Q: If I target two of my creatures with Abzan Charm and one gets killed in response, can I put two counters on the creature that's left?

A: Sorry, no such luck. When you cast Abzan Charm, you locked in the targets and the distribution that each target gets one +1/+1. When Abzan Charm resolves, it does as much of that as possible, which means that the target that's left gets one counter and the counter for the other target is simply lost.

Q: Suppose I bestow my opponent's creature with Crystalline Nautilus and then I blow it up by targeting it with an ability. Does the Nautilus come back as a creature under his control or under my control?

A: The Nautilus doesn't actually leave the battlefield and come back. It stays on the battlefield, stops being an Aura and goes back to being a creature. You controlled it when it was an Aura, and you continue to control it when it is a creature.

Q: If I control Reflecting Pool and Cavern of Souls, what kind of mana can Reflecting Pool tap for?

A: Reflecting Pool only cares about the type of mana that could be produced, which means only the color or lack thereof. Type of mana does not include any spending restrictions or additional effects. Since Cavern of Souls can tap for mana of any color, so can Reflecting Pool. That mana can be spent on anything, but it won't make your creature spells uncounterable.

It's raining pigs!
Q: If I control Battlefield Thaumaturge, can I cast Curse of the Swine on all my opponent's creatures for just ?

A: Certainly! Many players believe that an X spell looks at how much was paid and scale the effect accordingly, but the truth is actually the other way around. To cast Curse of the Swine, you choose the X you want, and then you calculate the corresponding cost. Since Curse of the Swine targets X creatures, Battlefield Thaumaturge gives you a discount of , so the total cost is always regardless of which value you choose for X.

Q: My opponent controls a Qasali Pridemage that's ready to pounce on whatever enchantment or artifact I'm foolish enough to play. If I cast Birthing Pod, will I get the chance to activate it once before my opponent throws his cat at it even though its ability can only be activated at a time I could cast a sorcery?

A: Yup! After Birthing Pod resolves, the game is still in your main phase, and you get priority first because you're the active player. Also, the stack is empty assuming that no triggered abilities were set off by Birthing Pod entering the battlefield. This means that the conditions for activating Birthing Pod's ability are met, and your opponent can't activate Qasali Pridemage's ability until you pass priority.

Q: Let's say Akroma, Angel of Fury is my commander, she gets bounced to my hand somehow, and I replay her face down. If I deal combat damage with her, does that damage count as commander damage, and if so, how do I prove to my opponent that the creature is my commander?

A: Well, the answer to the first part of that question is yes. "Commanderness" is a quality that's inherent in the physical card regardless of any changes to its characteristics from continuous effects or things like being face down, so even while being face-down, Akroma is still your commander. If your opponents don't want to take your word for it that the face down creature is Akroma, you can simply reveal the card to them to prove it. The identity of your face down creatures is private information that's only available to you, and the game rules allow you to reveal such information to other players as you see fit.

Q: I have taken over my opponent's turn with Worst Fears and he has Phyrexian Dreadnought in hand. He doesn't have enough creatures in play to add up to power 12. Can I make him play the Dreadnought and then sac all his creatures including the Dreadnought?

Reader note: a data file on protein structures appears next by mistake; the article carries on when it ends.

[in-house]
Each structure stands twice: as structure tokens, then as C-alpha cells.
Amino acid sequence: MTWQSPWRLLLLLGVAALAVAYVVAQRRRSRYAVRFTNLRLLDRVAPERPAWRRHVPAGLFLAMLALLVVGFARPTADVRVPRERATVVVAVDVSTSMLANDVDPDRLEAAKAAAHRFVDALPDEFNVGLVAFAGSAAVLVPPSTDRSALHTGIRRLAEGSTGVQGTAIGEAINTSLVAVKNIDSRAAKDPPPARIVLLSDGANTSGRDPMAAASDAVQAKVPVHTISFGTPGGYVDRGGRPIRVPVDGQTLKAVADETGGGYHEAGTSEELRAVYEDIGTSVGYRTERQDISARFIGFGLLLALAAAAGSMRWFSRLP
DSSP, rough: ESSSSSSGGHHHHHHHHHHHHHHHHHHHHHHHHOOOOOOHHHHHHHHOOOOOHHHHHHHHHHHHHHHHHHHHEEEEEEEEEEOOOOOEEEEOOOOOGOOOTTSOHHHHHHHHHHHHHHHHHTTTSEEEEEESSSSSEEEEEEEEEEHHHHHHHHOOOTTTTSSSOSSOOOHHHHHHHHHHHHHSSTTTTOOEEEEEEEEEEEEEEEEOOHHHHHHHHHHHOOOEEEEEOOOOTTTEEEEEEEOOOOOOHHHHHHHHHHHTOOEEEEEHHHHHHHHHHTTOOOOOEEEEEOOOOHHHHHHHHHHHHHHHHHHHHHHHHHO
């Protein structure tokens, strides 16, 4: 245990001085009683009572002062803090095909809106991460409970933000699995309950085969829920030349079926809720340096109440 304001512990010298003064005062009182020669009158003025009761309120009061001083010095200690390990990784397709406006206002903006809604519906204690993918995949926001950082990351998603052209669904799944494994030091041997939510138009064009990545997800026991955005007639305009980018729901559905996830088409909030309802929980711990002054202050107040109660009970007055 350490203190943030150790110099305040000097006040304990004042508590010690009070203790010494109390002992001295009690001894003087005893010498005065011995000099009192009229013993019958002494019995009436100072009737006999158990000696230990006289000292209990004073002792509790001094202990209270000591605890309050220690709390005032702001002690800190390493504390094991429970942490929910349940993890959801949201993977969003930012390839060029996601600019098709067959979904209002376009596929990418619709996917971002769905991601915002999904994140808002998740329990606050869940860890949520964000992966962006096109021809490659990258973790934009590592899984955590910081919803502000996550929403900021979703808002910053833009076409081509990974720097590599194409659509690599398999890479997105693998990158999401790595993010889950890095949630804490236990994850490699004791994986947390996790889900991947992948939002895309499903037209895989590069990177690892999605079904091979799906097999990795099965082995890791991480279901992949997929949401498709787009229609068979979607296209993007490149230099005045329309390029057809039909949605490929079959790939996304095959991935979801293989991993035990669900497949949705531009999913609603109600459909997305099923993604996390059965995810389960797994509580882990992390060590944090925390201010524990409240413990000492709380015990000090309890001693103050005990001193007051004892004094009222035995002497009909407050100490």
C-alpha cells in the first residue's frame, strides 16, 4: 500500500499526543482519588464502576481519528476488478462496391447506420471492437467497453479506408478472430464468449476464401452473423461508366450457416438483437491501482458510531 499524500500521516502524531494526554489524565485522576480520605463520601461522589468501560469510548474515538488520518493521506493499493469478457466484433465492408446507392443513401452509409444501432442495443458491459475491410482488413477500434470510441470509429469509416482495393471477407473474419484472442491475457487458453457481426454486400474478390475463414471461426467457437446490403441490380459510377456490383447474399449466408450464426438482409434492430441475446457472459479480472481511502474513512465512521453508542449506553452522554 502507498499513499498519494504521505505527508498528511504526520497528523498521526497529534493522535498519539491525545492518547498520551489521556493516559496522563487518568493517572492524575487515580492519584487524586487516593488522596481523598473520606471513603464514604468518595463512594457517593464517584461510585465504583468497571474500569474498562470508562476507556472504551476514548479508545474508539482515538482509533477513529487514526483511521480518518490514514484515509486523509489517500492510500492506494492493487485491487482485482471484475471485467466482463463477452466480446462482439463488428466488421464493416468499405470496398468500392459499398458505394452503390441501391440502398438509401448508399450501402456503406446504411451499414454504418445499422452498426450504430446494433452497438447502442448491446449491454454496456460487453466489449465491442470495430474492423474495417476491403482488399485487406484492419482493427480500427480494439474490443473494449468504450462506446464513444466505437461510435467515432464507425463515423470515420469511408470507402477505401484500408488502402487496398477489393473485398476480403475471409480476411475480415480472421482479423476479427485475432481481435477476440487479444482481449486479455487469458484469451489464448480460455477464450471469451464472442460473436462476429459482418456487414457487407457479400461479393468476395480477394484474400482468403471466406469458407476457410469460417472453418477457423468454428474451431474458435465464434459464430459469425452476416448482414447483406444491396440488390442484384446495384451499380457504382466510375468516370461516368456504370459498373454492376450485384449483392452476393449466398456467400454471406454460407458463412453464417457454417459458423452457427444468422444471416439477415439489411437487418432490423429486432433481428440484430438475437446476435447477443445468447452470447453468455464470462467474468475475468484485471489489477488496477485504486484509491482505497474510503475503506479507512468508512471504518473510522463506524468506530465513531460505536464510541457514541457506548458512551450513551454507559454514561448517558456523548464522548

A: Sure, that's legal and deliciously evil. The Dreadnought's ability gives your opponent two choices. One choice is to sacrifice any number of creatures with total power 12 or greater. The other choice is to sacrifice the Dreadnought itself. Since the former choice doesn't say "other creatures", including the Dreadnought in that option is perfectly valid, and the total power is indeed greater than 12, so that is a legal choice even if the player would not normally do this himself.

Q: If my opponent takes a mulligan, does that fulfill the condition for me to cast Archive Trap for free on my first turn?

A: No, for two reasons. First off, Archive Trap doesn't care about your opponent having shuffled his or her library. It cares about him or her having searched their library, and taking a mulligan doesn't involve searching the library. Also, taking mulligans is part of the pre-game procedure that happens before the first turn starts, so those happen well before the turn in which Archive Trap checks its condition.

Q: Willow and Tara are playing Two-Headed Giant against Rupert and Wesley. Willow casts Volcanic Offering and picks Rupert to choose the targets of an opponent's choice. Can Rupert target a hexproof creature that Tara controls?

A: Yes, that's perfectly legal. Hexproof on Tara's creature means that the creature can't be targeted by a spell or ability that's controlled by Tara's opponents. It doesn't matter to hexproof who actually chooses the target. The spell is controlled by Tara's teammate, so Tara's hexproof creature has no objection to being selected as a target.

Q: I'm in a tournament and time's up in the round, so my opponent and I are playing our five additional turns. What happens if I blow up my Ugin's Nexus now?

A: Ugin's Nexus tries to give you an extra turn, but it doesn't add any additional turns to your game, so whether the extra turn actually happens depends on whether there are still any additional turns to play. For example, if you blow up Ugin's Nexus on turn five, the effect is wasted because the tournament rules end the game before you get the chance to take that extra turn. If you'd normally take turns one, three, and five, and you blow up Ugin's Nexus on turn one, you'll instead take turns one, two, and four.

And speaking of time being up, that's all the time we have for this week. Please come back next week to see what Callum has in store for us!

- Carsten Haese

About the Author:
Carsten Haese is a former Level 2 judge based in Toledo, OH. He is retired from active judging, but he still writes for Cranial Insertion and helps organize an annual charity Magic tournament that benefits the National MS Society.

On the Birthing Pod question, I take it that if an ability triggers off of the Pod entering the battlefield - for example, if a Battered Golem is on the battlefield - the opponent can destroy the Pod before it can be activated?
#1 • Date: 2014-12-01 • Time: 16:33:30 •
Quote (AluminumAngel):
On the Birthing Pod question, I take it that if an ability triggers off of the Pod entering the battlefield - for example, if a Battered Golem is on the battlefield - the opponent can destroy the Pod before it can be activated?

That's correct.
#2 • Date: 2014-12-01 • Time: 18:09:48 •